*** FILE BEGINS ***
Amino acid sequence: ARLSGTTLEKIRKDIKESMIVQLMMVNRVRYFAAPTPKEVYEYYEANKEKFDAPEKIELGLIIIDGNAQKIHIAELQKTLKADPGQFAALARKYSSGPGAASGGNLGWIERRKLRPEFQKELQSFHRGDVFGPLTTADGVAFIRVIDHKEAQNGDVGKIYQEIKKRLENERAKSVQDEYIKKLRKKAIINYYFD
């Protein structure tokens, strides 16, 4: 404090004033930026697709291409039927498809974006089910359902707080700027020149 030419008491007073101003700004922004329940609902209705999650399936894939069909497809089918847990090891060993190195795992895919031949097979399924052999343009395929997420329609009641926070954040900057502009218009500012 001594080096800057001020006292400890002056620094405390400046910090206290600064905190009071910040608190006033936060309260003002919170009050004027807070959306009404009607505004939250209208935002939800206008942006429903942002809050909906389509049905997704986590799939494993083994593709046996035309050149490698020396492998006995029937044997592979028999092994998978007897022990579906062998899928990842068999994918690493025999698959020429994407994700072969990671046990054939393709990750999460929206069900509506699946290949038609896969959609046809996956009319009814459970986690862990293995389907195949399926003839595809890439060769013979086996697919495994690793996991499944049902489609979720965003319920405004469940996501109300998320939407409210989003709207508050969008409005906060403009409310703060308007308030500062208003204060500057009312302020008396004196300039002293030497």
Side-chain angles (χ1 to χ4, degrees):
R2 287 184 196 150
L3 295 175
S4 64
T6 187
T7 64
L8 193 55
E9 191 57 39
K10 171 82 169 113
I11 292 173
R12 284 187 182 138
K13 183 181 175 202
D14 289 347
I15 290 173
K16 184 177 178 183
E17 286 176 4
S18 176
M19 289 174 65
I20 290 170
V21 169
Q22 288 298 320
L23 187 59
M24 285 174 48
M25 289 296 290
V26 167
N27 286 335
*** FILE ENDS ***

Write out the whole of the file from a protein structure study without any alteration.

Amino acid sequence: ARLSGTTLEKIRKDIKESMIVQLMMVNRVRYFAAPTPKEVYEYYEANKEKFDAPEKIELGLIIIDGNAQKIHIAELQKTLKADPGQFAALARKYSSGPGAASGGNLGWIERRKLRPEFQKELQSFHRGDVFGPLTTADGVAFIRVIDHKEAQNGDVGKIYQEIKKRLENERAKSVQDEYIKKLRKKAIINYYFD
């Protein structure tokens, strides 16, 4: 404090004033930026697709291409039927498809974006089910359902707080700027020149 030419008491007073101003700004922004329940609902209705999650399936894939069909497809089918847990090891060993190195795992895919031949097979399924052999343009395929997420329609009641926070954040900057502009218009500012 001594080096800057001020006292400890002056620094405390400046910090206290600064905190009071910040608190006033936060309260003002919170009050004027807070959306009404009607505004939250209208935002939800206008942006429903942002809050909906389509049905997704986590799939494993083994593709046996035309050149490698020396492998006995029937044997592979028999092994998978007897022990579906062998899928990842068999994918690493025999698959020429994407994700072969990671046990054939393709990750999460929206069900509506699946290949038609896969959609046809996956009319009814459970986690862990293995389907195949399926003839595809890439060769013979086996697919495994690793996991499944049902489609979720965003319920405004469940996501109300998320939407409210989003709207508050969008409005906060403009409310703060308007308030500062208003204060500057009312302020008396004196300039002293030497």
Side-chain angles (χ1 to χ4, degrees):
R2 287 184 196 150
L3 295 175
S4 64
T6 187
T7 64
L8 193 55
E9 191 57 39
K10 171 82 169 113
I11 292 173
R12 284 187 182 138
K13 183 181 175 202
D14 289 347
I15 290 173
K16 184 177 178 183
E17 286 176 4
S18 176
M19 289 174 65
I20 290 170
V21 169
Q22 288 298 320
L23 187 59
M24 285 174 48
M25 289 296 290
V26 167
N27 286 335